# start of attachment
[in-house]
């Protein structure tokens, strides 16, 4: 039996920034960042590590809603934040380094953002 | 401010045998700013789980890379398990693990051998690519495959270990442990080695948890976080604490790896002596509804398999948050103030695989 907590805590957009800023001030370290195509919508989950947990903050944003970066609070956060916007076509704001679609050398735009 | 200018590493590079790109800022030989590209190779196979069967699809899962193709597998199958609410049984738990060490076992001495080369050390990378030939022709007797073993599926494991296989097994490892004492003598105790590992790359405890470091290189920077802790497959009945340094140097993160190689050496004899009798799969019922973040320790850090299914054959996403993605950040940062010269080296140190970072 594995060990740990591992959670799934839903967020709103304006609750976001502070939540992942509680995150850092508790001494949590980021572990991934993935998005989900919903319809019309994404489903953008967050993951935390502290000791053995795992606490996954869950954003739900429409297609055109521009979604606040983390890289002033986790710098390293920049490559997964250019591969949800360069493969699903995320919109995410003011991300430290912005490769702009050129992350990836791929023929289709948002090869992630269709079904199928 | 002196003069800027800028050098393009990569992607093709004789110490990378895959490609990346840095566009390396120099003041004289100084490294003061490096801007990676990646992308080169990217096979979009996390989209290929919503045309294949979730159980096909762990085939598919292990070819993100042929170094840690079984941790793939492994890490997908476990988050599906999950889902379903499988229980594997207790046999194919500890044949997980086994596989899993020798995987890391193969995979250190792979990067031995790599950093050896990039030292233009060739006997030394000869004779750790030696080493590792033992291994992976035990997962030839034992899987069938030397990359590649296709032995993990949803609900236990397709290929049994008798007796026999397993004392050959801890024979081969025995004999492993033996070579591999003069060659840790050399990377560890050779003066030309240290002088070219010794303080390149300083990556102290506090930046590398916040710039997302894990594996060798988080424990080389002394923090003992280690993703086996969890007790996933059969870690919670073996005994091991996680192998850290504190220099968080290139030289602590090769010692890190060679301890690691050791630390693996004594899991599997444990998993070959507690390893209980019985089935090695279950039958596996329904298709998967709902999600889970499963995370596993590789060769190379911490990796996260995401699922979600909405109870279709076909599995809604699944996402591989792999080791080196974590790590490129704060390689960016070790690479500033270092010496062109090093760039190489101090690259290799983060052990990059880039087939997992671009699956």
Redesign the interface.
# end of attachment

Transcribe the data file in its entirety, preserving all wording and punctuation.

[in-house]
């Protein structure tokens, strides 16, 4: 039996920034960042590590809603934040380094953002 | 401010045998700013789980890379398990693990051998690519495959270990442990080695948890976080604490790896002596509804398999948050103030695989 907590805590957009800023001030370290195509919508989950947990903050944003970066609070956060916007076509704001679609050398735009 | 200018590493590079790109800022030989590209190779196979069967699809899962193709597998199958609410049984738990060490076992001495080369050390990378030939022709007797073993599926494991296989097994490892004492003598105790590992790359405890470091290189920077802790497959009945340094140097993160190689050496004899009798799969019922973040320790850090299914054959996403993605950040940062010269080296140190970072 594995060990740990591992959670799934839903967020709103304006609750976001502070939540992942509680995150850092508790001494949590980021572990991934993935998005989900919903319809019309994404489903953008967050993951935390502290000791053995795992606490996954869950954003739900429409297609055109521009979604606040983390890289002033986790710098390293920049490559997964250019591969949800360069493969699903995320919109995410003011991300430290912005490769702009050129992350990836791929023929289709948002090869992630269709079904199928 | 002196003069800027800028050098393009990569992607093709004789110490990378895959490609990346840095566009390396120099003041004289100084490294003061490096801007990676990646992308080169990217096979979009996390989209290929919503045309294949979730159980096909762990085939598919292990070819993100042929170094840690079984941790793939492994890490997908476990988050599906999950889902379903499988229980594997207790046999194919500890044949997980086994596989899993020798995987890391193969995979250190792979990067031995790599950093050896990039030292233009060739006997030394000869004779750790030696080493590792033992291994992976035990997962030839034992899987069938030397990359590649296709032995993990949803609900236990397709290929049994008798007796026999397993004392050959801890024979081969025995004999492993033996070579591999003069060659840790050399990377560890050779003066030309240290002088070219010794303080390149300083990556102290506090930046590398916040710039997302894990594996060798988080424990080389002394923090003992280690993703086996969890007790996933059969870690919670073996005994091991996680192998850290504190220099968080290139030289602590090769010692890190060679301890690691050791630390693996004594899991599997444990998993070959507690390893209980019985089935090695279950039958596996329904298709998967709902999600889970499963995370596993590789060769190379911490990796996260995401699922979600909405109870279709076909599995809604699944996402591989792999080791080196974590790590490129704060390689960016070790690479500033270092010496062109090093760039190489101090690259290799983060052990990059880039087939997992671009699956």
Redesign the interface.